The tropical timber sector can manage the EUDR challenge


Tropical timber suppliers to Europe express confidence that they can rise to the challenges of the incoming EU Deforestation Regulation (EUDR). However, there is concern that there is insufficient detail on implementation and how companies will be expected to provide data to demonstrate compliance. The EUDR comes into effect for larger businesses at the end of 2024 and six months later for affected SMEs.


It demands that suppliers that first place six so-called Forest and Ecosystem Risk Commodities (FERCs) on the EU market, including timber and wood products, undertake due diligence to demonstrate goods are not linked to deforestation or forest degradation. There is a requirement for geolocation coordinates to show exactly from which plot of land they originated and also for information on the time of harvest.

The EUDR changes the status of EU FLEGT-licensed goods. Under the previous EU Timber Regulation (EUTR), which the EUDR supersedes, a FLEGT license exempted products from further due diligence on entering the EU. Under the EUDR, a FLEGT license will be accepted as proof of legality, but suppliers must still undertake additional due diligence to prove goods are not implicated in deforestation.

The new regulation also involves benchmarking supplier countries according to the risk of deforestation (high, medium, low). Levels of due diligence required on goods will vary accordingly. In an interview with the UK Timber Trades Journal, Geneviève Standaert, export manager of the Belgian-based international timber trader, Vandecasteele, raised the issue of the lack of implementation information.

The text of the law is ready, but the practical guidelines won’t be until December 2024 when the new legislation will be enforced,” said Ms Standaert. “So we will have to wait and see what is required in day-to-day business in terms of such areas as customs clearing and training and where to upload data and in what form, including how we submit geolocation information.” She added that the ‘plots of land’ for which the EUDR demands geolocation coordinates will vary widely. A ‘plot’ is defined as ‘land within a single real estate property’. It could be a few hectares or tens of thousands. To stay informed, Vandecasteele is signing up for numerous presentations on the subject and is keeping suppliers informed.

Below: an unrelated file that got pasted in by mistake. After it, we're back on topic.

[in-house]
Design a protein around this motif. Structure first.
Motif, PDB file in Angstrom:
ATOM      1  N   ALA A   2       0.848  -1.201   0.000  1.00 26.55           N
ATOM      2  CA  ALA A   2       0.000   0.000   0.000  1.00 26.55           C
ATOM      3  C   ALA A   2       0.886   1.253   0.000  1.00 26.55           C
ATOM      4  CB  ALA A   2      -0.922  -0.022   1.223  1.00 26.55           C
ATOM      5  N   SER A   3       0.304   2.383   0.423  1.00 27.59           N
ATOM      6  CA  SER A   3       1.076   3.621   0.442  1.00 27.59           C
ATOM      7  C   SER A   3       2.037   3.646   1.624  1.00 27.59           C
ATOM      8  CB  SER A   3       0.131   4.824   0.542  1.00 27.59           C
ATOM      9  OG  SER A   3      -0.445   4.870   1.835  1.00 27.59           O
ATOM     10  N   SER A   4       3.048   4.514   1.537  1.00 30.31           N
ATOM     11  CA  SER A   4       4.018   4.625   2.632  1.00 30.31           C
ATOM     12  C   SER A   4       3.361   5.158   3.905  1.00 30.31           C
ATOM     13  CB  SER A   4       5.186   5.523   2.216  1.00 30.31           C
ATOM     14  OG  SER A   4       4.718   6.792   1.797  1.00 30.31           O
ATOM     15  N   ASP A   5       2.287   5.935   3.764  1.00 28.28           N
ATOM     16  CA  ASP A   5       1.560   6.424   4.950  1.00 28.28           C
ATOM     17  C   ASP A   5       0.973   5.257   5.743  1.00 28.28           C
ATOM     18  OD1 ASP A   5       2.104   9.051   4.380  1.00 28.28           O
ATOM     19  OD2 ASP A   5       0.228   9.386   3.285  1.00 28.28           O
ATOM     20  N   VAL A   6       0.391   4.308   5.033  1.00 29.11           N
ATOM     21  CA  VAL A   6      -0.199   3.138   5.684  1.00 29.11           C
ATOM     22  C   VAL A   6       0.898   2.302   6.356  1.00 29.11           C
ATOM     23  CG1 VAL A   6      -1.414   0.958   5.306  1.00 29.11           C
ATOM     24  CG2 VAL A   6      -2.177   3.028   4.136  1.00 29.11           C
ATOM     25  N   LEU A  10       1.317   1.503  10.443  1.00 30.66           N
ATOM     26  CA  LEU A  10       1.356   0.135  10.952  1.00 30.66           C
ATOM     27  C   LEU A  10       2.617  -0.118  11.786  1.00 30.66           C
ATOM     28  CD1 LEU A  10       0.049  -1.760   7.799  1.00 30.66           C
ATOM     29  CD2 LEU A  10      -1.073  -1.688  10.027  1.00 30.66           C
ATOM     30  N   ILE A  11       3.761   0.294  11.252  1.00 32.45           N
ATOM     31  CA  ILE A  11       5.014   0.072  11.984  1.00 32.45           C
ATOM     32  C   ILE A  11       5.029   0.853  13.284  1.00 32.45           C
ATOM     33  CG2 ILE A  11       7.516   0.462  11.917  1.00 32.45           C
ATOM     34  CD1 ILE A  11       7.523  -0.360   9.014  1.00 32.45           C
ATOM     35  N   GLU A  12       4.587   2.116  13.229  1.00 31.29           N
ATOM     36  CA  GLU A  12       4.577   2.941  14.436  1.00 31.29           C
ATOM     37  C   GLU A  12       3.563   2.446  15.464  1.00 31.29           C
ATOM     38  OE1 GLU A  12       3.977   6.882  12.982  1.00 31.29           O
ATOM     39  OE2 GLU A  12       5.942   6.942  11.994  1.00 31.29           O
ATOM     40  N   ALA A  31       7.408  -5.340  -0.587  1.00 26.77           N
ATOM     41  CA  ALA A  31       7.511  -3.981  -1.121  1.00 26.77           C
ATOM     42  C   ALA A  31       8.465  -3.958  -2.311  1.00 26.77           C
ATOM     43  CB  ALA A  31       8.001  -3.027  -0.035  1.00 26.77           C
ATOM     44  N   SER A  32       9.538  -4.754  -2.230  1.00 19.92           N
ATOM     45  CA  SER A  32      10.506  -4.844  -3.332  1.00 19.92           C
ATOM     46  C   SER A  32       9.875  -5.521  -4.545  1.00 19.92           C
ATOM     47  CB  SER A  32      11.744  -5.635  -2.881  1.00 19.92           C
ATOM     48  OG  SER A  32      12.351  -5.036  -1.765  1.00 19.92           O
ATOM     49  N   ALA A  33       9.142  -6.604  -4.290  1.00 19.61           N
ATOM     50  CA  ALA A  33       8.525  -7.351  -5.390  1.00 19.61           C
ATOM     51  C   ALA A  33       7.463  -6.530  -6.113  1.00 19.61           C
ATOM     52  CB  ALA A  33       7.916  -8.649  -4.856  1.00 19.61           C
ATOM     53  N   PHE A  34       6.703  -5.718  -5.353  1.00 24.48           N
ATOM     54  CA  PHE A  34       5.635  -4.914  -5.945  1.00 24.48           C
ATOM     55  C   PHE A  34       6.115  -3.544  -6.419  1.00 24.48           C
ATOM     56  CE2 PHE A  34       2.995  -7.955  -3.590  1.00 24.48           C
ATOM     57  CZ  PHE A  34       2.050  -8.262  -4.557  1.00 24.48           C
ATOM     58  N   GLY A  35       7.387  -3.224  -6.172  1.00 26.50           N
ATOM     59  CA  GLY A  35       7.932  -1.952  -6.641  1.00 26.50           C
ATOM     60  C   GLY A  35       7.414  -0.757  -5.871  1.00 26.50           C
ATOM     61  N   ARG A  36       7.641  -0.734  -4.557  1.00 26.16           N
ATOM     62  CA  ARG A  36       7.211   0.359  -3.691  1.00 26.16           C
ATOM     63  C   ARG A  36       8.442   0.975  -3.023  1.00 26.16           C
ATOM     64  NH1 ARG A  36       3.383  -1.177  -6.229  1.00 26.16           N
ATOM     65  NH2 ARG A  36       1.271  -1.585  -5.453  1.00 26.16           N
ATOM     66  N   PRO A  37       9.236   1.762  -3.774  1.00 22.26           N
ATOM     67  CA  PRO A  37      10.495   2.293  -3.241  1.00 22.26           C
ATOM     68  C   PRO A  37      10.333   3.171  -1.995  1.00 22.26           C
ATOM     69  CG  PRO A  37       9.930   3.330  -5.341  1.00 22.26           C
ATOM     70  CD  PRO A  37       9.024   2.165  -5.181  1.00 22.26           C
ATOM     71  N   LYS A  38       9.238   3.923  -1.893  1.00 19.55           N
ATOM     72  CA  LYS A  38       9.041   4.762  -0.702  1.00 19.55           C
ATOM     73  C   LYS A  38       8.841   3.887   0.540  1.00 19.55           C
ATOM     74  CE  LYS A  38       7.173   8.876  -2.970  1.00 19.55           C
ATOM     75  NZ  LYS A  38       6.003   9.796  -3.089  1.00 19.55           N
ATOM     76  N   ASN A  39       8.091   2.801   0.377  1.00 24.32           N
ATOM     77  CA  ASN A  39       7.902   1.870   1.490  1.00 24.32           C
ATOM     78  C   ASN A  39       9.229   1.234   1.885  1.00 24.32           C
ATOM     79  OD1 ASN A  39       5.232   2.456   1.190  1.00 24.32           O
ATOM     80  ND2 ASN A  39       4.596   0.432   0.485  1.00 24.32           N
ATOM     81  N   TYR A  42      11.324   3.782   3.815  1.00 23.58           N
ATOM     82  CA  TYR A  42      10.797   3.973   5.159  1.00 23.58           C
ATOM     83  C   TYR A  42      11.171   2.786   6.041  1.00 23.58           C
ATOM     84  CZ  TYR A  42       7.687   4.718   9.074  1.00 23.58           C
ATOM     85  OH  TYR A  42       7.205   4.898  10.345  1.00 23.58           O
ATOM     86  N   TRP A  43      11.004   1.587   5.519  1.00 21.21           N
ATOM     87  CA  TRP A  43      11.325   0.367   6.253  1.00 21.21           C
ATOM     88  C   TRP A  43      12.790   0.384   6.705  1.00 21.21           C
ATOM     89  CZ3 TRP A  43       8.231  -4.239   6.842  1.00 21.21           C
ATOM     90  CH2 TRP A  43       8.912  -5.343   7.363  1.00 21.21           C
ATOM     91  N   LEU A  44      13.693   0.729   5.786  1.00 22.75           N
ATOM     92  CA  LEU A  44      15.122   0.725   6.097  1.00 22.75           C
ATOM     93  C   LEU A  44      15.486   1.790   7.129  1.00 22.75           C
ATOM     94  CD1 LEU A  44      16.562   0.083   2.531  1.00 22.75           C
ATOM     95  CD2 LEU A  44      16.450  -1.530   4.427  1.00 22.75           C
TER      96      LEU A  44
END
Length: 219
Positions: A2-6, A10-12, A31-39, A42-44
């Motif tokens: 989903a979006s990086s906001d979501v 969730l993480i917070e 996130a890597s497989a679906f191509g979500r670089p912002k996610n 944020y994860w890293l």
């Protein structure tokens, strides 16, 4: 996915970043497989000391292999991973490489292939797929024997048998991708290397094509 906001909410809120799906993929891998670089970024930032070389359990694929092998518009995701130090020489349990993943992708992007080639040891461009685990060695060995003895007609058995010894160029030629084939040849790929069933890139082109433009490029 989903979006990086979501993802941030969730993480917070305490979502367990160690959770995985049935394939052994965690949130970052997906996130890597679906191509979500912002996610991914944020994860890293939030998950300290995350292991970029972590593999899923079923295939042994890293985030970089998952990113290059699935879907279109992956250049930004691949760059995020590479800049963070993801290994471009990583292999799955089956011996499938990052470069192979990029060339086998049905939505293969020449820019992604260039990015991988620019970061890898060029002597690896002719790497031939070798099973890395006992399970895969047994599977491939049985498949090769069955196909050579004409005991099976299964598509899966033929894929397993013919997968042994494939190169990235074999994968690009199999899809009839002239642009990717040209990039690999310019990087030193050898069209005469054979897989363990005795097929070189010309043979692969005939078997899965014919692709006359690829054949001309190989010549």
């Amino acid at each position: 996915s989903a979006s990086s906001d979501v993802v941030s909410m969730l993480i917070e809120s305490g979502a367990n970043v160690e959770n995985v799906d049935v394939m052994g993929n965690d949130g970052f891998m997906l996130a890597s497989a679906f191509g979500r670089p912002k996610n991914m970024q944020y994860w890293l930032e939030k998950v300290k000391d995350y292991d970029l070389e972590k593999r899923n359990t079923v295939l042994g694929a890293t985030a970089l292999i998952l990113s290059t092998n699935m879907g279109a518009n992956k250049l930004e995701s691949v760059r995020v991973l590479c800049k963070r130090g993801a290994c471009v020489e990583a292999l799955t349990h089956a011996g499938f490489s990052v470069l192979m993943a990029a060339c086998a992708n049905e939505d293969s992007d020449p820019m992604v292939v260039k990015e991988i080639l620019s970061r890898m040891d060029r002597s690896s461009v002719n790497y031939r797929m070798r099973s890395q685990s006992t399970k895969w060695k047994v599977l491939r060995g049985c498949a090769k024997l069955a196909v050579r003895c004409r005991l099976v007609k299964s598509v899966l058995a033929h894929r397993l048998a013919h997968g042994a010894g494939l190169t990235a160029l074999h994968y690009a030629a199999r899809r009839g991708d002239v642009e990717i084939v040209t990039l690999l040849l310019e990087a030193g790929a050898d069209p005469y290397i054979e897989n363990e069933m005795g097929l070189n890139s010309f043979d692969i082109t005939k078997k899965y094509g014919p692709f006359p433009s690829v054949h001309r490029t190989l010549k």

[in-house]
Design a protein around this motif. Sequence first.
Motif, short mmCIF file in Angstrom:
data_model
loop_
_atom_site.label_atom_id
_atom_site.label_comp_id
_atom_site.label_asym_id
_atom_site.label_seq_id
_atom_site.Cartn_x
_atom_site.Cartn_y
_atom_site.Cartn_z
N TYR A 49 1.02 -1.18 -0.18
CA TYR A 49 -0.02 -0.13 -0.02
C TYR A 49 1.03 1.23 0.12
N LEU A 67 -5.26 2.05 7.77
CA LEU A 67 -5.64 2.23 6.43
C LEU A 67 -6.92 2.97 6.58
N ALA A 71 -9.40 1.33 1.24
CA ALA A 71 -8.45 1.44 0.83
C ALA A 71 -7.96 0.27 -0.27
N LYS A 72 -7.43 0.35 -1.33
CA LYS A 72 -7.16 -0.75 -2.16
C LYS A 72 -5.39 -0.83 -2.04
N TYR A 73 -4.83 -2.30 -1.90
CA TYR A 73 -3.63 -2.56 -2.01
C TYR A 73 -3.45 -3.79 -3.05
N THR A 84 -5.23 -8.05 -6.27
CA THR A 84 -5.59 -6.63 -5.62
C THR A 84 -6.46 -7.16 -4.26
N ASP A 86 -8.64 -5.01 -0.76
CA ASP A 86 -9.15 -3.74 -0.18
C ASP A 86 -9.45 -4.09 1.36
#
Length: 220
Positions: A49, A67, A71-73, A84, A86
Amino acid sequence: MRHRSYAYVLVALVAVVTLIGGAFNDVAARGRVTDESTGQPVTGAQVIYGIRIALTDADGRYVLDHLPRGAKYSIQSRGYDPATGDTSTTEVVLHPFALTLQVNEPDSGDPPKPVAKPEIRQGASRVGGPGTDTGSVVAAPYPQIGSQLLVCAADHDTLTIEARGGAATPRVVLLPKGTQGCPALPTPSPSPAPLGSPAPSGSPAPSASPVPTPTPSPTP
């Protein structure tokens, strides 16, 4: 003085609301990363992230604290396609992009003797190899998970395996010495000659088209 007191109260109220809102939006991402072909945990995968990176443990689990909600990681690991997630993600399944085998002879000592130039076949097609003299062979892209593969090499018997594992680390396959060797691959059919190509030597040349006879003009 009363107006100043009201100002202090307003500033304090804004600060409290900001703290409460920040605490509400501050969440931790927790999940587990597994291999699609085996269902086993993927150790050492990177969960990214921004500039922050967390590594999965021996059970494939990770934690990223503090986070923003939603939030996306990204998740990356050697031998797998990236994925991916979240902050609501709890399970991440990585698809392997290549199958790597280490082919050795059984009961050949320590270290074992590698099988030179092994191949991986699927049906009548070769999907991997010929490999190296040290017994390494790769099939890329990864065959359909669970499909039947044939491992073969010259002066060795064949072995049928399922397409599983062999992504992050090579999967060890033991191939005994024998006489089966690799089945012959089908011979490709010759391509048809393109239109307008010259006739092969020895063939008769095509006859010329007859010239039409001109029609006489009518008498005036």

Vandecasteele believes the timber sector’s EUTR experience, resulting in closer relationships between buyers and suppliers, leaves it well-placed to deal with EUDR. “Under the EUTR, we’ve been working for 10 years with suppliers as partners, so this gives us a real head start in comparison with the other commodities covered by the EUDR,” said Ms Standaert.

Precious Woods Company also believes its experience collating geolocation data to prove legality under the EUTR stands it in good stead with the EUDR. But it also highlights a lack of information on how the latter will be administered. “Our main concern is the EUDR IT system which is still in development,” said co-chief executive officer Markus Pfannkuch. “If the system and process are too complicated, we’ll need to recruit more staff.” In addition, some issues are foreseen with regards to harvest information. “We can’t attribute a piece of lumber that arrives in a bundle to a specific tree,” said Mr Pfannkuch. “However, we know when trees were harvested and can relate the lumber inside the bundle to the specific harvesting periods.”

Interholco Company is confident it ‘can meet all requirements’ of the EUDR, including geolocation details for timber origin, given that most of its timber comes from its own concession in the Republic of the Congo. “Some details of implementation are still unknown, such as how the European portal for downloading EUDR information will operate and whether we can give plot information annually, or have to provide it on each invoice,” said Vice President of Production and Sales Christophe Janssen. “But we don’t foresee problems.”

There is also a view that new tools and initiatives will aid the implementation and monitoring of and compliance with the EUDR. These include the Forest Data Partnership, a project involving the World Resources Institute, UNFAO, Google, NASA, the US Government, and Unilever. This is developing a ‘consistent geospatial data ecosystem’ to enable companies, governments, NGOs, researchers, and civil society to access open-source, validated data that can be used for the monitoring, verification, and disclosure of progress in reducing deforestation and advancing restoration.


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